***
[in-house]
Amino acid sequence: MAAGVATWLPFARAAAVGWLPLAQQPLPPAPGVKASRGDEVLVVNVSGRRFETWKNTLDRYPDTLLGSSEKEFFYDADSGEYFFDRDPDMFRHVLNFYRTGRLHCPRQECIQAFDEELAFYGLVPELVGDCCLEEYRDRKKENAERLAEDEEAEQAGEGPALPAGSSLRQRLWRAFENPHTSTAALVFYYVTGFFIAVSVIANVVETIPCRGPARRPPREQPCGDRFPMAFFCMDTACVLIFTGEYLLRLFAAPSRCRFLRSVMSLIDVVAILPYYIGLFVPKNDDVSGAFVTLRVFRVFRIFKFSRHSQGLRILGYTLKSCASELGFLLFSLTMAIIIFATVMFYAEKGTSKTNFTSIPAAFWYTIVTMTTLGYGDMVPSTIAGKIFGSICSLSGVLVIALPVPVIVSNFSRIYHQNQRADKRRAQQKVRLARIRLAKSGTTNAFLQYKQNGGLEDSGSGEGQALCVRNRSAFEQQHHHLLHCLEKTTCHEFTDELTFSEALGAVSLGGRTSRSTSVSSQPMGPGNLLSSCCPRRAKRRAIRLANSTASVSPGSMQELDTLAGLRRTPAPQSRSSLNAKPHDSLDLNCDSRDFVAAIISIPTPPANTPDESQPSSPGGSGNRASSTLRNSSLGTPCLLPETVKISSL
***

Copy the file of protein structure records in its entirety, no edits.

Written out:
[in-house]
Amino acid sequence: MAAGVATWLPFARAAAVGWLPLAQQPLPPAPGVKASRGDEVLVVNVSGRRFETWKNTLDRYPDTLLGSSEKEFFYDADSGEYFFDRDPDMFRHVLNFYRTGRLHCPRQECIQAFDEELAFYGLVPELVGDCCLEEYRDRKKENAERLAEDEEAEQAGEGPALPAGSSLRQRLWRAFENPHTSTAALVFYYVTGFFIAVSVIANVVETIPCRGPARRPPREQPCGDRFPMAFFCMDTACVLIFTGEYLLRLFAAPSRCRFLRSVMSLIDVVAILPYYIGLFVPKNDDVSGAFVTLRVFRVFRIFKFSRHSQGLRILGYTLKSCASELGFLLFSLTMAIIIFATVMFYAEKGTSKTNFTSIPAAFWYTIVTMTTLGYGDMVPSTIAGKIFGSICSLSGVLVIALPVPVIVSNFSRIYHQNQRADKRRAQQKVRLARIRLAKSGTTNAFLQYKQNGGLEDSGSGEGQALCVRNRSAFEQQHHHLLHCLEKTTCHEFTDELTFSEALGAVSLGGRTSRSTSVSSQPMGPGNLLSSCCPRRAKRRAIRLANSTASVSPGSMQELDTLAGLRRTPAPQSRSSLNAKPHDSLDLNCDSRDFVAAIISIPTPPANTPDESQPSSPGGSGNRASSTLRNSSLGTPCLLPETVKISSL